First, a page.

Teachers can support and encourage Indigenous students to explore research methods that are a more appropriate ‘cultural fit’ for their communities and empower them to make the changes that they want in their world. Create spaces and opportunities for Indigenous students to share their narratives that may have been historically suppressed by colonizers or contemporary power brokers (Tuso & Flaherty, 2016). Step up as leaders in the decolonization space to sit and feel the stories shared. For some it may be an uncomfortable setting – explore what is behind these feelings and support Indigenous People to share stories from the colonial past and dream of a self determined future. There is healing in these spaces, where others can recognize a piece of themselves or develop a deeper sense of empathy for another. The overarching question for me is, what kind of world do we want to create? We can respond to the past with bitterness and hatred, or we can recreate a more equitable future for all. We are only as strong as our most vulnerable member in society. Whose agenda is advanced through our peace work and who is profiting? Exploring and developing an empathic understanding of such narratives can be a painful process, but until societies can accept the realities of Indigenous People past, present and future, the energy and resources needed to rebuild Indigenous lives, will be superficial. Self determination can be realized through our combined collective efforts. Keep rising.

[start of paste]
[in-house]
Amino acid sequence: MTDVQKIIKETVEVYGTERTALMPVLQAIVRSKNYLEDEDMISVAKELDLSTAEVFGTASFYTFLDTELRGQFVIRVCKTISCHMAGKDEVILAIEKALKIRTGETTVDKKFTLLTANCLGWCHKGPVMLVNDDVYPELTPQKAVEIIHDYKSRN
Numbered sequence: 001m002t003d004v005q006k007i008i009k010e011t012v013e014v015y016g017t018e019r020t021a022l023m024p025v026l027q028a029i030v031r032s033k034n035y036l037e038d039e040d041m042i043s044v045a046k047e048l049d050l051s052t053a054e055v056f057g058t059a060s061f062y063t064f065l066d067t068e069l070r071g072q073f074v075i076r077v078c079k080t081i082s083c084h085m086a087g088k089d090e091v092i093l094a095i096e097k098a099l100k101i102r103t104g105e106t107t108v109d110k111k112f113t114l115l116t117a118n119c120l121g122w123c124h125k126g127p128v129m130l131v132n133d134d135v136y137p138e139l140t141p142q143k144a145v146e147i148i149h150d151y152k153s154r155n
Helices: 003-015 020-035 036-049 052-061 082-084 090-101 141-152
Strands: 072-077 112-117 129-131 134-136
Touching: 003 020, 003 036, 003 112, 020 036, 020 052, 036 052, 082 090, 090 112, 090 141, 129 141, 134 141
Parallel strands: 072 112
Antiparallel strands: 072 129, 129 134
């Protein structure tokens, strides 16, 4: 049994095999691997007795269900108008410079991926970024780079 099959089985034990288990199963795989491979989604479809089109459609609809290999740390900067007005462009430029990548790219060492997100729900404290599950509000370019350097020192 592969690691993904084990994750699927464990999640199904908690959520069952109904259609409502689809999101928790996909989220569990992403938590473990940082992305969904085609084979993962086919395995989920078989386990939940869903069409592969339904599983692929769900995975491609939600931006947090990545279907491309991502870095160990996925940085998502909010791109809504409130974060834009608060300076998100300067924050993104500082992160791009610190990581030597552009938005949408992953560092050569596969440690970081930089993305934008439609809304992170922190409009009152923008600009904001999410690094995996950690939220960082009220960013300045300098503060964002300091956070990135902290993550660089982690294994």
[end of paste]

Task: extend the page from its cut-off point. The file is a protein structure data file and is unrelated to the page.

He aha te mean nui o te ao? He takata! He takata! He takata! (What is the most important thing in the world? It is people! It is people! It is people!)